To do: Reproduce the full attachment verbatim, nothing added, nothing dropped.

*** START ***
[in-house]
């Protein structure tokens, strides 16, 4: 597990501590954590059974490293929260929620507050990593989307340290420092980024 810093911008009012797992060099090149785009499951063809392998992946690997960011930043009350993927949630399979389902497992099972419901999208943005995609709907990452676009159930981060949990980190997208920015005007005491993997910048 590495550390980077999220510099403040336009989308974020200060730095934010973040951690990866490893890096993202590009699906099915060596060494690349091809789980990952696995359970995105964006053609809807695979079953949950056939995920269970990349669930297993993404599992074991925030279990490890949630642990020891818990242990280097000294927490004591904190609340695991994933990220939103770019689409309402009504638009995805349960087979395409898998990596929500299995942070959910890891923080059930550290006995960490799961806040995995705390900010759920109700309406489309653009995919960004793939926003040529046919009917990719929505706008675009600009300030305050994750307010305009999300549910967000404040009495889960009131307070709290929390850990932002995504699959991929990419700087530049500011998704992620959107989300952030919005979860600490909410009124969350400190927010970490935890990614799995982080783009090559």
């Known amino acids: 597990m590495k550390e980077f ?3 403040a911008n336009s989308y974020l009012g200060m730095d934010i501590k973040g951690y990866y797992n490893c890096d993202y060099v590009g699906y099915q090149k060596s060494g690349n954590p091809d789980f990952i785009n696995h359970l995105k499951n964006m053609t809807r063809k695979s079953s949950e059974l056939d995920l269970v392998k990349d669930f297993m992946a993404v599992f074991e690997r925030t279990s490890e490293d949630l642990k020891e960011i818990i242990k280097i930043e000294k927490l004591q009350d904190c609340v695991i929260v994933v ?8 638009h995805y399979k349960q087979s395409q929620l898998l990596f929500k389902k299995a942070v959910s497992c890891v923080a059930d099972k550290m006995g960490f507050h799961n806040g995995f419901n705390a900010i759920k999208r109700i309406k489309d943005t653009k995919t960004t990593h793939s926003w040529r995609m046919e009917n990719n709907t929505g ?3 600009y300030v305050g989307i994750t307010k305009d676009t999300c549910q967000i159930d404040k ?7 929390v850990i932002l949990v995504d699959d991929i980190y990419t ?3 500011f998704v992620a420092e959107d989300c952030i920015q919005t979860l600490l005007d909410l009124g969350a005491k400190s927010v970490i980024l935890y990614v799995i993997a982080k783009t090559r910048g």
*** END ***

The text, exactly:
[in-house]
């Protein structure tokens, strides 16, 4: 597990501590954590059974490293929260929620507050990593989307340290420092980024 810093911008009012797992060099090149785009499951063809392998992946690997960011930043009350993927949630399979389902497992099972419901999208943005995609709907990452676009159930981060949990980190997208920015005007005491993997910048 590495550390980077999220510099403040336009989308974020200060730095934010973040951690990866490893890096993202590009699906099915060596060494690349091809789980990952696995359970995105964006053609809807695979079953949950056939995920269970990349669930297993993404599992074991925030279990490890949630642990020891818990242990280097000294927490004591904190609340695991994933990220939103770019689409309402009504638009995805349960087979395409898998990596929500299995942070959910890891923080059930550290006995960490799961806040995995705390900010759920109700309406489309653009995919960004793939926003040529046919009917990719929505706008675009600009300030305050994750307010305009999300549910967000404040009495889960009131307070709290929390850990932002995504699959991929990419700087530049500011998704992620959107989300952030919005979860600490909410009124969350400190927010970490935890990614799995982080783009090559």
């Known amino acids: 597990m590495k550390e980077f ?3 403040a911008n336009s989308y974020l009012g200060m730095d934010i501590k973040g951690y990866y797992n490893c890096d993202y060099v590009g699906y099915q090149k060596s060494g690349n954590p091809d789980f990952i785009n696995h359970l995105k499951n964006m053609t809807r063809k695979s079953s949950e059974l056939d995920l269970v392998k990349d669930f297993m992946a993404v599992f074991e690997r925030t279990s490890e490293d949630l642990k020891e960011i818990i242990k280097i930043e000294k927490l004591q009350d904190c609340v695991i929260v994933v ?8 638009h995805y399979k349960q087979s395409q929620l898998l990596f929500k389902k299995a942070v959910s497992c890891v923080a059930d099972k550290m006995g960490f507050h799961n806040g995995f419901n705390a900010i759920k999208r109700i309406k489309d943005t653009k995919t960004t990593h793939s926003w040529r995609m046919e009917n990719n709907t929505g ?3 600009y300030v305050g989307i994750t307010k305009d676009t999300c549910q967000i159930d404040k ?7 929390v850990i932002l949990v995504d699959d991929i980190y990419t ?3 500011f998704v992620a420092e959107d989300c952030i920015q919005t979860l600490l005007d909410l009124g969350a005491k400190s927010v970490i980024l935890y990614v799995i993997a982080k783009t090559r910048g």